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Richmond's National Park is a Finalist In Award for Municipal Excellence
September 06, 2006

The National League of Cities has designated Richmond a finalist in the 2006 Awards for Municipal Excellence competition. The awards program identifies and showcases outstanding city and town programs that improve the quality of life in Americaís communities.

The finalists were recognized in Nationís Cities Weekly (http://www.nlc.org/content/Files/NCW090406.pdf).

Winners of this award exemplify excellence in city governance, best practices in municipal policy, and models to follow to improve the lives of their citizens. 

Nominated programs are judged on several criteria: successful public-private partnership ventures; productive citizen and community collaborations; effective management of municipal resources (public or private); innovative government policies; project implementation with tangible results; and the ability to replicate the project in other cities.

The programs are evaluated by a panel of judges. Eight winners are chosen from four population categories, with a gold and silver winner in each category.  The winning cities are nationally recognized and celebrated during NLCís Congress of Cities Conference and Exposition held in November or December of each year.  In addition, winners receive a donation to a local non-profit organization of their choice. 

A copy of the Richmond nomination is attached, and a story in todayís West County Times follows:

Park on list of best city programs
RICHMOND: Rosie the Riveter facility, a monument to WWII efforts, is nominated for national recognition

CONTRA COSTA TIMES

Richmond's Rosie the Riveter park, a monument to the city's contribution to the World War II effort, is a finalist for a national excellence award.

The National League of Cities is considering the park for the 2006 Municipal Excellence Award. The nomination, in the midsized city category, is the only one from Contra Costa County among 57 finalists selected for outstanding programs that demonstrate public-private partnerships and innovative government policies.

Rosie the Riveter WWII Home Front National Historic Park, which celebrates workplace diversity, innovative child care programs and the country's first group medical insurance, is competing against cities in 38 states. Other applications include economic development programs, new water quality control facilities, affordable housing developments and summer youth programs.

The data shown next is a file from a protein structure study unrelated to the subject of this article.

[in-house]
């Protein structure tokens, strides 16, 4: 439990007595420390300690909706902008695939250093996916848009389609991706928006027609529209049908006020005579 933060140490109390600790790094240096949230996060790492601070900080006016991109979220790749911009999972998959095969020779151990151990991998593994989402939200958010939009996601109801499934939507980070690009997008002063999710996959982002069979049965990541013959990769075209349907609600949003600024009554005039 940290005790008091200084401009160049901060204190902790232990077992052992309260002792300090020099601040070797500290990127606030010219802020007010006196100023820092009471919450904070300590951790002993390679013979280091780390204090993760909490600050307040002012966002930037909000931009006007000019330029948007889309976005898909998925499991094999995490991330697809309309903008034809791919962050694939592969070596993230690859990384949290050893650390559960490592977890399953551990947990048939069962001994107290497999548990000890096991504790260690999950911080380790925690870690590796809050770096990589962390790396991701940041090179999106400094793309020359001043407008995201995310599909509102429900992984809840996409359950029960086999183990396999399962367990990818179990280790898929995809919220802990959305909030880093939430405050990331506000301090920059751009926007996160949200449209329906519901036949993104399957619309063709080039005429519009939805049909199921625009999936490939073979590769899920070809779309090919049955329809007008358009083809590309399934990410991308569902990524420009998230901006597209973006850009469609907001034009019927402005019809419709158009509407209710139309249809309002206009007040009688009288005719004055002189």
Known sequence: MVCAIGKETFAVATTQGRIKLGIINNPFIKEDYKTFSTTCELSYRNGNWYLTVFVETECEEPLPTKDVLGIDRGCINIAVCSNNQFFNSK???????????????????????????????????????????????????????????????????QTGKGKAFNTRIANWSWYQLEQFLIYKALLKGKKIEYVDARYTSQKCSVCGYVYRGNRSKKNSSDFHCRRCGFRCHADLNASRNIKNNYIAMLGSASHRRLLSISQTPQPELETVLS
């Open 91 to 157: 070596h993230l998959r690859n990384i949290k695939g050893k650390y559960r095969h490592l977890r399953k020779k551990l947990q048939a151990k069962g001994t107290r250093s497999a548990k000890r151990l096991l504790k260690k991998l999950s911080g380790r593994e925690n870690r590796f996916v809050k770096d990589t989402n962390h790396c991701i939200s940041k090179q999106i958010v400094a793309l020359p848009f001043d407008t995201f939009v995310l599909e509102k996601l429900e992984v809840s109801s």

The awards will be announced in December at the League's Congress of Cities and Exposition in Reno.

Rosie the Riveter park opened to visitors in 2003, though it is still a work in progress. The park's general management plan has not been approved and there are several key sites -- such as the Kaiser Field Hospital and the Maritime Child Development Center -- that have yet to be renovated for public access.

But when the park is complete, it will be the national focal point for World War II homefront war efforts, said City Councilman Tom Butt, who helped work on the award application.

"For Richmond, this is huge," he said. "Ultimately this park will be one of the things visitors to the San Francisco Bay Area will put on their itinerary."

The National Park Service manages the park, but it is the result of a grass-roots effort that included dozens of community members, elected officials and businesses.

"It was the incredible community effort that got the attention of the National Park Service," said Park Ranger Elizabeth Tucker. "The community put the spotlight on the potential for a park."

Rosie the Riveter park currently consists of nine sites that have wartime significance. They include Terminal 3, the permanent home for the Red Oak Victory ship; the original Kaiser Field Hospital; the Ford Assembly Building; and the Rosie the Riveter memorial, a stainless-steel sculpture that evokes a ship's hull.

Richmond was essentially defined by the World War II homefront war effort. Almost overnight, the city's population went from 20,000 residents to more than 100,000 as people migrated from around the country, many from the South, for jobs in the Kaiser Shipyards.

The homefront war effort was the catalyst for a number of firsts that many Americans now take for granted. It was the first time that women and minorities were successfully integrated into the work force, which laid the ground work for the civil rights and women's movements of the 1960s and 1970s. Government-funded child care, essential for supporting women in the work force, was established for the first time, as was the first company-based medical insurance plan for workers.

FOR MORE INFORMATION

See Turning Rust Into Rosie

The Rosie the Riveter Trust: www.rosietheriveter.org

The Rosie the Riveter WWII Home Front National Park: www.nps.gov/rori

510-232-5050

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